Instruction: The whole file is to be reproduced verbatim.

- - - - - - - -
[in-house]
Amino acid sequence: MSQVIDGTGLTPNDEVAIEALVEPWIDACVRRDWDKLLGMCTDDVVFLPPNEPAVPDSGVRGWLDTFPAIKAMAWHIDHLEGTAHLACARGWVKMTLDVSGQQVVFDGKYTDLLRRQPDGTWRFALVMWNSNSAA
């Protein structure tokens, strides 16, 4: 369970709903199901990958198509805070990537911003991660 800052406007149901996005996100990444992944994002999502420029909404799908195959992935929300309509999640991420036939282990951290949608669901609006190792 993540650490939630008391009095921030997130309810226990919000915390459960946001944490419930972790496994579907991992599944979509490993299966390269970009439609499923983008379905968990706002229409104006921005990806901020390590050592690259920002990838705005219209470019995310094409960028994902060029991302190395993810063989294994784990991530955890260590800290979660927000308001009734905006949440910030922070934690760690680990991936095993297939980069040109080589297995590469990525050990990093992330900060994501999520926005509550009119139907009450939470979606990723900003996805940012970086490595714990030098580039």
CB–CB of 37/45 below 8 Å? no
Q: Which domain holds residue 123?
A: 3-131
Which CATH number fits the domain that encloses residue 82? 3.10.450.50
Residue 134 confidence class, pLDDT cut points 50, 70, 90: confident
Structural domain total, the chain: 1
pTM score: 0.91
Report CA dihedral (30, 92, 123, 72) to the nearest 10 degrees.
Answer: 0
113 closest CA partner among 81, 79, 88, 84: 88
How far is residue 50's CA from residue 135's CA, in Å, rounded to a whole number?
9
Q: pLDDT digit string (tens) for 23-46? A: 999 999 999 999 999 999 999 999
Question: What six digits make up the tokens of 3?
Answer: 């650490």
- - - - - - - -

[in-house]
Amino acid sequence: MSQVIDGTGLTPNDEVAIEALVEPWIDACVRRDWDKLLGMCTDDVVFLPPNEPAVPDSGVRGWLDTFPAIKAMAWHIDHLEGTAHLACARGWVKMTLDVSGQQVVFDGKYTDLLRRQPDGTWRFALVMWNSNSAA
């Protein structure tokens, strides 16, 4: 369970709903199901990958198509805070990537911003991660 800052406007149901996005996100990444992944994002999502420029909404799908195959992935929300309509999640991420036939282990951290949608669901609006190792 993540650490939630008391009095921030997130309810226990919000915390459960946001944490419930972790496994579907991992599944979509490993299966390269970009439609499923983008379905968990706002229409104006921005990806901020390590050592690259920002990838705005219209470019995310094409960028994902060029991302190395993810063989294994784990991530955890260590800290979660927000308001009734905006949440910030922070934690760690680990991936095993297939980069040109080589297995590469990525050990990093992330900060994501999520926005509550009119139907009450939470979606990723900003996805940012970086490595714990030098580039």
CB–CB of 37/45 below 8 Å? no
Q: Which domain holds residue 123?
A: 3-131
Which CATH number fits the domain that encloses residue 82? 3.10.450.50
Residue 134 confidence class, pLDDT cut points 50, 70, 90: confident
Structural domain total, the chain: 1
pTM score: 0.91
Report CA dihedral (30, 92, 123, 72) to the nearest 10 degrees.
Answer: 0
113 closest CA partner among 81, 79, 88, 84: 88
How far is residue 50's CA from residue 135's CA, in Å, rounded to a whole number?
9
Q: pLDDT digit string (tens) for 23-46? A: 999 999 999 999 999 999 999 999
Question: What six digits make up the tokens of 3?
Answer: 């650490």